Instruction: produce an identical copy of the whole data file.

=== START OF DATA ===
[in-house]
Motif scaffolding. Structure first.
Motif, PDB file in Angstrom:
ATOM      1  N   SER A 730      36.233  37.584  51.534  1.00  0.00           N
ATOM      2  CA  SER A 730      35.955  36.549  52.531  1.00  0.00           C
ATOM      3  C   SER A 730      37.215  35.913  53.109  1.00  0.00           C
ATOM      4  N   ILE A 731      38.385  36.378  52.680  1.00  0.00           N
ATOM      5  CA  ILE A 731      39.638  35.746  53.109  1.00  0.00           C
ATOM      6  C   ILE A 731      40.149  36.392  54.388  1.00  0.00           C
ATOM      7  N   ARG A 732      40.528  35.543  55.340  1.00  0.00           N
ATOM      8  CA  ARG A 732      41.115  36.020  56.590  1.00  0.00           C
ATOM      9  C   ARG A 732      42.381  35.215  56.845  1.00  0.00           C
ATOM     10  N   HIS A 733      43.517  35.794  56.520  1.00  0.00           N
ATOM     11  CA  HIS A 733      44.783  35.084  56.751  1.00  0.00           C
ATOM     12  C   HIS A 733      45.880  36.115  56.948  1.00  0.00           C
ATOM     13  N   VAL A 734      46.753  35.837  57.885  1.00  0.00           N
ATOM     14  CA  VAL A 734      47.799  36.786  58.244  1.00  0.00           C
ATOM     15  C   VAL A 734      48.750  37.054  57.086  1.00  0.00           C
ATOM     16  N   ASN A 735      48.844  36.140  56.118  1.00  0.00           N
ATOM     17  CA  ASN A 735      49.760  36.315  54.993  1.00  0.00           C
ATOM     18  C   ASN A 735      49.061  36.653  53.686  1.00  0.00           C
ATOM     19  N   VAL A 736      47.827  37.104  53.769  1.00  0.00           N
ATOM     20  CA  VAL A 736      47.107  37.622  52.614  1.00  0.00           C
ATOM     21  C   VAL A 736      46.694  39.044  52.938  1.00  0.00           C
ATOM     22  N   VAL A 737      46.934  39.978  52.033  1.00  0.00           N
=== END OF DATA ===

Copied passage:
[in-house]
Motif scaffolding. Structure first.
Motif, PDB file in Angstrom:
ATOM      1  N   SER A 730      36.233  37.584  51.534  1.00  0.00           N
ATOM      2  CA  SER A 730      35.955  36.549  52.531  1.00  0.00           C
ATOM      3  C   SER A 730      37.215  35.913  53.109  1.00  0.00           C
ATOM      4  N   ILE A 731      38.385  36.378  52.680  1.00  0.00           N
ATOM      5  CA  ILE A 731      39.638  35.746  53.109  1.00  0.00           C
ATOM      6  C   ILE A 731      40.149  36.392  54.388  1.00  0.00           C
ATOM      7  N   ARG A 732      40.528  35.543  55.340  1.00  0.00           N
ATOM      8  CA  ARG A 732      41.115  36.020  56.590  1.00  0.00           C
ATOM      9  C   ARG A 732      42.381  35.215  56.845  1.00  0.00           C
ATOM     10  N   HIS A 733      43.517  35.794  56.520  1.00  0.00           N
ATOM     11  CA  HIS A 733      44.783  35.084  56.751  1.00  0.00           C
ATOM     12  C   HIS A 733      45.880  36.115  56.948  1.00  0.00           C
ATOM     13  N   VAL A 734      46.753  35.837  57.885  1.00  0.00           N
ATOM     14  CA  VAL A 734      47.799  36.786  58.244  1.00  0.00           C
ATOM     15  C   VAL A 734      48.750  37.054  57.086  1.00  0.00           C
ATOM     16  N   ASN A 735      48.844  36.140  56.118  1.00  0.00           N
ATOM     17  CA  ASN A 735      49.760  36.315  54.993  1.00  0.00           C
ATOM     18  C   ASN A 735      49.061  36.653  53.686  1.00  0.00           C
ATOM     19  N   VAL A 736      47.827  37.104  53.769  1.00  0.00           N
ATOM     20  CA  VAL A 736      47.107  37.622  52.614  1.00  0.00           C
ATOM     21  C   VAL A 736      46.694  39.044  52.938  1.00  0.00           C
ATOM     22  N   VAL A 737      46.934  39.978  52.033  1.00  0.00           N